Latest News

Should you accept a counter offer?

about 6 years ago

Should you accept a counter offer?

So you’ve decided to move on from your current position, succeeded at interview stage and you’ve been offered a great opportunity at a new company. Congratulations! You hand in your letter of resignation, excited for your move, and then your boss responds to your notice with a better offer persuading you to stay at your current organisation.

What do you do?

Remember – you are in the strongest position in this situation.

Over 60% of UK based employees who accept a counter offer end up leaving the organisation in question within six months anyway. Deciding whether to accept a counter offer, or not, is therefore a difficult and important decision.

Things to consider when receiving a counter offer:

1)   Why did you want to change jobs in the first place?

It is important to remember why you wanted to change jobs in the first place; a big decision would not have been made on a whim so revisiting the prominent reasons for leaving is a good start. It is likely that you would have identified and tried to work on the reasons for leaving i.e. if your work is boring you would have asked for more challenging tasks or if you want more money you would have discussed a raise. Whatever the reasons were you have probably tried to resolve these prior to looking for a new position.

2)   Is the counter offer addressing the reason(s) for the move?

Considering point 1, is the counter offer proposed addressing the issues that you have in your current position? For example, if the only reason for the move was for more money and the counter offer provides a pay rise, this may sway you to stay in your current job. Something to consider here is why had they not offered you a pay rise during your employment rather than just with the threat of your resignation? If the counter offer provides a pay rise but does not address the lack of progression in the position that encouraged your move, then it’s unlikely the counter offer will fulfil your needs and you risk missing out on a good opportunity elsewhere.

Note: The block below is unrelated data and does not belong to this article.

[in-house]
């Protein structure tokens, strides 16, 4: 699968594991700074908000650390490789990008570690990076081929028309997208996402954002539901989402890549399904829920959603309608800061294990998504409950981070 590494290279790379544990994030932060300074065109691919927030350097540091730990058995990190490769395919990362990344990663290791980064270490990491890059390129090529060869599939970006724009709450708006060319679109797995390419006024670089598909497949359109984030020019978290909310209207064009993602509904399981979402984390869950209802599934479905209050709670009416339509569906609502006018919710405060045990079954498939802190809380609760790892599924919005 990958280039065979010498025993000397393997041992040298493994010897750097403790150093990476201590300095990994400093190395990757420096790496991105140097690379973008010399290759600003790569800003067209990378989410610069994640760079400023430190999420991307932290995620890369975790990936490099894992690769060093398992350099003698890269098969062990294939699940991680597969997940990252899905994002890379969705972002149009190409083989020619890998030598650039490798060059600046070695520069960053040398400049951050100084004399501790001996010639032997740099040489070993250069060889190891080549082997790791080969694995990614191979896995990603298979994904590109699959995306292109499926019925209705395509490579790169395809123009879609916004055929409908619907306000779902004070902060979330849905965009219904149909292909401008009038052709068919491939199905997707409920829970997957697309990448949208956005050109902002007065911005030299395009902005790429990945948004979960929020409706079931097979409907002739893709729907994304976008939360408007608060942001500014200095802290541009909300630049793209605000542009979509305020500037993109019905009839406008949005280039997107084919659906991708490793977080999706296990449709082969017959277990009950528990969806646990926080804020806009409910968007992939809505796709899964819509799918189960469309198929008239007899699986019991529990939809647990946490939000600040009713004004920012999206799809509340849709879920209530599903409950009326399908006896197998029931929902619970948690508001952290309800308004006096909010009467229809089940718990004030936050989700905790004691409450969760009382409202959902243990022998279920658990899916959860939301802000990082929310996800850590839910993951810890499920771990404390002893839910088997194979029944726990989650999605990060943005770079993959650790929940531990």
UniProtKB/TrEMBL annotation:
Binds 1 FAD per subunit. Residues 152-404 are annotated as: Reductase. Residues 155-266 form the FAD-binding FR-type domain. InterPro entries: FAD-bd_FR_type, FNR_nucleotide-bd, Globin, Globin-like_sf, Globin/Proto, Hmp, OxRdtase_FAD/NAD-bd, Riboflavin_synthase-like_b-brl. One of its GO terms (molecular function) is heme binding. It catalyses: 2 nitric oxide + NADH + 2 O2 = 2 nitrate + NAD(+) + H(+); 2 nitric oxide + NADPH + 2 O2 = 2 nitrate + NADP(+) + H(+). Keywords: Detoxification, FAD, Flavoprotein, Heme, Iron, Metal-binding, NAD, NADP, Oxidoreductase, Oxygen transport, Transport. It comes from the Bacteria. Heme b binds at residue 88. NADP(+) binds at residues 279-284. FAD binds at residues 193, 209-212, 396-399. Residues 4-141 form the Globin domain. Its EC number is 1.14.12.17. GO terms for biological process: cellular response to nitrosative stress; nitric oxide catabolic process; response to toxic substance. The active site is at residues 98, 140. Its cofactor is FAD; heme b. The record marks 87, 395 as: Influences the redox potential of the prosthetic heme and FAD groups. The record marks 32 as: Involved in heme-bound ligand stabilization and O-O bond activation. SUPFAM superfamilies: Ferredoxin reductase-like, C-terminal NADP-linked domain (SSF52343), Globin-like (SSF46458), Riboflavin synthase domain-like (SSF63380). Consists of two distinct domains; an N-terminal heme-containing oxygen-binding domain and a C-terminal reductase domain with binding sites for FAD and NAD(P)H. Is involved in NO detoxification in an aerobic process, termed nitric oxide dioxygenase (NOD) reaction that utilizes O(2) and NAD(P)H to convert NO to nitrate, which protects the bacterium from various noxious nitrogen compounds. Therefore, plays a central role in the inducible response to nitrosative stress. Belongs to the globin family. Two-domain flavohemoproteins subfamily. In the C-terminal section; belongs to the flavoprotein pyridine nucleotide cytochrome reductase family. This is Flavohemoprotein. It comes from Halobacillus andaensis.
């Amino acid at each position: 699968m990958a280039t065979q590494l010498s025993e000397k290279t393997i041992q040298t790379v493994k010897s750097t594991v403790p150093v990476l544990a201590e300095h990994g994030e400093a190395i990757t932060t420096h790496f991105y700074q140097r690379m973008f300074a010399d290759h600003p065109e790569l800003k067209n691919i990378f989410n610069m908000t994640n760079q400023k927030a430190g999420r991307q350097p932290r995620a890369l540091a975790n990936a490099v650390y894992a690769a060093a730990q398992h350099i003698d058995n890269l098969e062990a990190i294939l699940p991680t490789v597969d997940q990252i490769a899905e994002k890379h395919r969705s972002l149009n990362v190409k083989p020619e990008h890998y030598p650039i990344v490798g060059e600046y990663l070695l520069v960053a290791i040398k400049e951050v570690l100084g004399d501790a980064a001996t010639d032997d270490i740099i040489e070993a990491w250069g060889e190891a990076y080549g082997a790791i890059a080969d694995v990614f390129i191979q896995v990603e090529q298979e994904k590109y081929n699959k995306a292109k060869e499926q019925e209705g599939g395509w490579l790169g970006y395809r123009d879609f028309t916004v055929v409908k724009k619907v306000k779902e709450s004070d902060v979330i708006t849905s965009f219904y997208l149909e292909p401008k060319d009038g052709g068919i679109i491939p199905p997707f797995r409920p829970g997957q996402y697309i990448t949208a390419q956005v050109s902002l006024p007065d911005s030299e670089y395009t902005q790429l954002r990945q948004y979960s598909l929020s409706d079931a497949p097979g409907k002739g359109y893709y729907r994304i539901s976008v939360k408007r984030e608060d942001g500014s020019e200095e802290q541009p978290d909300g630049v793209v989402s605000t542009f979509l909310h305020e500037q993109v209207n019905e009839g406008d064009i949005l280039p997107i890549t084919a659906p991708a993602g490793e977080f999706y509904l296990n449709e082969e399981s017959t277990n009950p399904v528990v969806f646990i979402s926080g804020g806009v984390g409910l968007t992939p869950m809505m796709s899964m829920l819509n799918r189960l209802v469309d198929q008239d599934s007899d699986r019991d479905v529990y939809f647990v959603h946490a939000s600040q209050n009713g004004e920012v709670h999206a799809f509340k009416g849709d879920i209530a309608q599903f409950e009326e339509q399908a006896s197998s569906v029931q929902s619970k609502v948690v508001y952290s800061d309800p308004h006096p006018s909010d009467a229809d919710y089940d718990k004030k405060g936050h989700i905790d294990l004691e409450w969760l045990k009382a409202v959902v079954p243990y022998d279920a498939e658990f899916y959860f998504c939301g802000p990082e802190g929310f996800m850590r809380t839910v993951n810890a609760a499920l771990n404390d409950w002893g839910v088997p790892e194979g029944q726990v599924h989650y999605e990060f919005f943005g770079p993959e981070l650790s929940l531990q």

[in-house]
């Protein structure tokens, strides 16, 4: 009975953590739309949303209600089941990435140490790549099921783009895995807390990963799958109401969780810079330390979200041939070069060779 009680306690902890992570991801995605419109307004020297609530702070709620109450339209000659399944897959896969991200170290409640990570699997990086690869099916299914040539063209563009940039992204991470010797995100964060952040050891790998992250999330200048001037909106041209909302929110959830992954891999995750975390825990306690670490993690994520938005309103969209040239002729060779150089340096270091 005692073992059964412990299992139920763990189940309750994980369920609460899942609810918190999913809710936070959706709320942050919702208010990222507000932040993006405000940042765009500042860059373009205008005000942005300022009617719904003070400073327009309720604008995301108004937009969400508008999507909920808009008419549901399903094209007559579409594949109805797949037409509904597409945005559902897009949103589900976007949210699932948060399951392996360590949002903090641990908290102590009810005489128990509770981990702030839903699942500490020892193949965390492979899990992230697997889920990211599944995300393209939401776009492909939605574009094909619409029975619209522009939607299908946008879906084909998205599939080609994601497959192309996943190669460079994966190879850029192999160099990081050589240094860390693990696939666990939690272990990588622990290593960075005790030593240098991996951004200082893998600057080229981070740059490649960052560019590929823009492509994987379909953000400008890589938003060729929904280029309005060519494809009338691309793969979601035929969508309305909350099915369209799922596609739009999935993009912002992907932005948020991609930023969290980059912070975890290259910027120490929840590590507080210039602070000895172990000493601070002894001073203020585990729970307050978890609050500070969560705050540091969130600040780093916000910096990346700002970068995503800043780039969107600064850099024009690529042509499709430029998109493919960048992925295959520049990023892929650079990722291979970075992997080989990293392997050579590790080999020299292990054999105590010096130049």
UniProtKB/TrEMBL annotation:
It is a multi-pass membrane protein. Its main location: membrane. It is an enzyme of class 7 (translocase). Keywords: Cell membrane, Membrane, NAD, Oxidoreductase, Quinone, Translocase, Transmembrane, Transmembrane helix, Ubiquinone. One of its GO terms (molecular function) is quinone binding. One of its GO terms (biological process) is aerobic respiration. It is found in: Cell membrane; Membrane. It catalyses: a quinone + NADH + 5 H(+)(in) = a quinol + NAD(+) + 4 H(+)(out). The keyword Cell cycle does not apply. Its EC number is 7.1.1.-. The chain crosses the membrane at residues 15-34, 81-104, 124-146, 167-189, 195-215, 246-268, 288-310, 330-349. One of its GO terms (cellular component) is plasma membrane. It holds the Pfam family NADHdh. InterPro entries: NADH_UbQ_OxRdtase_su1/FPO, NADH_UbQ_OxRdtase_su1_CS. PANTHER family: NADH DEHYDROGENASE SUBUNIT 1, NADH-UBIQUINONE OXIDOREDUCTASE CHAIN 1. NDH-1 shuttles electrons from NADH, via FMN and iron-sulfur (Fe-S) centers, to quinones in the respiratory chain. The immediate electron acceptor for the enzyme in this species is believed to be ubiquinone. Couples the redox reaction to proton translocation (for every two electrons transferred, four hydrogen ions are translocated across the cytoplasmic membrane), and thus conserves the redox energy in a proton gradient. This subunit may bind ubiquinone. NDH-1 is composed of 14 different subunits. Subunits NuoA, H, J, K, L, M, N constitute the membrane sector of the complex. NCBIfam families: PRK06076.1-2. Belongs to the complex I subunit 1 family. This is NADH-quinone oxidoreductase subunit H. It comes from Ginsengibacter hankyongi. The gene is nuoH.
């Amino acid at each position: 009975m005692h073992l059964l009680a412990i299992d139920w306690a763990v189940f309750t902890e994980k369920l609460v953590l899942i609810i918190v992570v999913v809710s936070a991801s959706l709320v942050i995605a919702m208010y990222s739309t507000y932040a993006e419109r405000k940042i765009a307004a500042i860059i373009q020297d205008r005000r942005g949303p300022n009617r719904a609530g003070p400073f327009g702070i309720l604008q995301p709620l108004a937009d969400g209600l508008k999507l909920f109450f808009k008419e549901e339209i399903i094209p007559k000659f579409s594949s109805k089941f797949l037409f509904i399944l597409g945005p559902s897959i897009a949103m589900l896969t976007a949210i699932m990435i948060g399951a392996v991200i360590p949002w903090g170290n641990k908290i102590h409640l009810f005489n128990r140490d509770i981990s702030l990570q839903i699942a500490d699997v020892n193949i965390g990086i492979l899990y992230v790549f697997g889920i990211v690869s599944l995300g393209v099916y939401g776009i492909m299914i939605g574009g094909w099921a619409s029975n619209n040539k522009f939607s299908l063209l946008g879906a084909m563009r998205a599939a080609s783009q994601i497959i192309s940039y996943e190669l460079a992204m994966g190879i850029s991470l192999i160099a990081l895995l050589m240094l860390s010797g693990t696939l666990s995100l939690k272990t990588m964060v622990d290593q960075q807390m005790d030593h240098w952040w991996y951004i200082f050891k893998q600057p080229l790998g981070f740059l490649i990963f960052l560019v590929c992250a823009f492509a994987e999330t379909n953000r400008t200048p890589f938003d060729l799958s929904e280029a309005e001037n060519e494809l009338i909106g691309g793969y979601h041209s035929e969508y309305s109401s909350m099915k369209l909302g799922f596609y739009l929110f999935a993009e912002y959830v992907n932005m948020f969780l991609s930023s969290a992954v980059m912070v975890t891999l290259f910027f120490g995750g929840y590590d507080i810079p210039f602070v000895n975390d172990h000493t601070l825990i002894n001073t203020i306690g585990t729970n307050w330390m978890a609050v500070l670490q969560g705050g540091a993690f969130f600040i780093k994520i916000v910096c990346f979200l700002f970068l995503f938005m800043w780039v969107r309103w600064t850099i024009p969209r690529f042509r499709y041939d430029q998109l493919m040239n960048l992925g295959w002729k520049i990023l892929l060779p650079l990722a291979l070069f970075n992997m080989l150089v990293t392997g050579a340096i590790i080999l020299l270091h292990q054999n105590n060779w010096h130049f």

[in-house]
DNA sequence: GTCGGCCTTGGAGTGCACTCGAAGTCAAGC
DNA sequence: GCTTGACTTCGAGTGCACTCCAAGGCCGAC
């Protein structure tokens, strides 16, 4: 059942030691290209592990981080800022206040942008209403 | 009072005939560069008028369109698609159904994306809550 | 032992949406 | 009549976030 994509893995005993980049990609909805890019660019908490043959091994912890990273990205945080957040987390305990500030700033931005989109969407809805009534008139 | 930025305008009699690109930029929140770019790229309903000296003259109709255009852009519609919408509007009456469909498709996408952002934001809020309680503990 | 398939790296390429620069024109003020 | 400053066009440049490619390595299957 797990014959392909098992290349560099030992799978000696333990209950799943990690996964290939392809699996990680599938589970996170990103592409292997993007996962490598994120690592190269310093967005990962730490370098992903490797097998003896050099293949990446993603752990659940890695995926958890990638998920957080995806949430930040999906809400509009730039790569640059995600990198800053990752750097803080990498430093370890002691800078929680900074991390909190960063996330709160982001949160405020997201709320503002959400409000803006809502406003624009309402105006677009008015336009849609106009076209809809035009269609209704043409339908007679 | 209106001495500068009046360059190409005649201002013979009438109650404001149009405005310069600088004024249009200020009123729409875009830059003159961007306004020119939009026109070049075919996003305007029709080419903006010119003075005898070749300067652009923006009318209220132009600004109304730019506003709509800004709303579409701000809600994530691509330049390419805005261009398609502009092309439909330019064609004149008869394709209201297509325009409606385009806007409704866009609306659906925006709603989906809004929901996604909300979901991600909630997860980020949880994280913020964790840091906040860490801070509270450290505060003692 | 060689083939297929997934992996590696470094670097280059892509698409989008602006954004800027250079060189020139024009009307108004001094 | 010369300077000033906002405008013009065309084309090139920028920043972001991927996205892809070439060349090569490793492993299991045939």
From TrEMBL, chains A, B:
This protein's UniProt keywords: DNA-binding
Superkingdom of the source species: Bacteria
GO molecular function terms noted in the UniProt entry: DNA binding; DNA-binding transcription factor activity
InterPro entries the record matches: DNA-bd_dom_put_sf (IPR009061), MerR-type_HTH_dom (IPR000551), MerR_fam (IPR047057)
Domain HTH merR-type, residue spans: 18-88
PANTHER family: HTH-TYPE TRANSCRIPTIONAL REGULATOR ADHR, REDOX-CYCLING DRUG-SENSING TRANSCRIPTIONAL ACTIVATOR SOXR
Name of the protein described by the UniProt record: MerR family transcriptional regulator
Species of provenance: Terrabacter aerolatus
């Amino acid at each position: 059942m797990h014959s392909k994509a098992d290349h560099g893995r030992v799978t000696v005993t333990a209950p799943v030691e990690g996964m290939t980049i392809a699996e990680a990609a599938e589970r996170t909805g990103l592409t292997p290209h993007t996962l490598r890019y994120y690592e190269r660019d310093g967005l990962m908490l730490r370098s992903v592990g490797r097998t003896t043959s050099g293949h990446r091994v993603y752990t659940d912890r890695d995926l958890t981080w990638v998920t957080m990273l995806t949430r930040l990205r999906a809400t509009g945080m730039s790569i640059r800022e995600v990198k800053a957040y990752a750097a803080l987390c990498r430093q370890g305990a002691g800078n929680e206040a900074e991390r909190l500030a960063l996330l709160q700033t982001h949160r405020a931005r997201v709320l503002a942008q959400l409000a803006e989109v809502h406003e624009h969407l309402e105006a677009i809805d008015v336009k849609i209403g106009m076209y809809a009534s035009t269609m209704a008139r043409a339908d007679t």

3)   Implications on your future in that business

Something that should also be considered is the chance of a change of attitude towards you if you accept the counter offer, with your company knowing that you had been looking elsewhere and thus shows a lack of loyalty to the organisation. This could, unfortunately, have negative implications on potential promotions in the business as the trust has now been broken.

So, if you are made a counter offer by your current employer, remember to consider these three things before making the important decision on which route to take.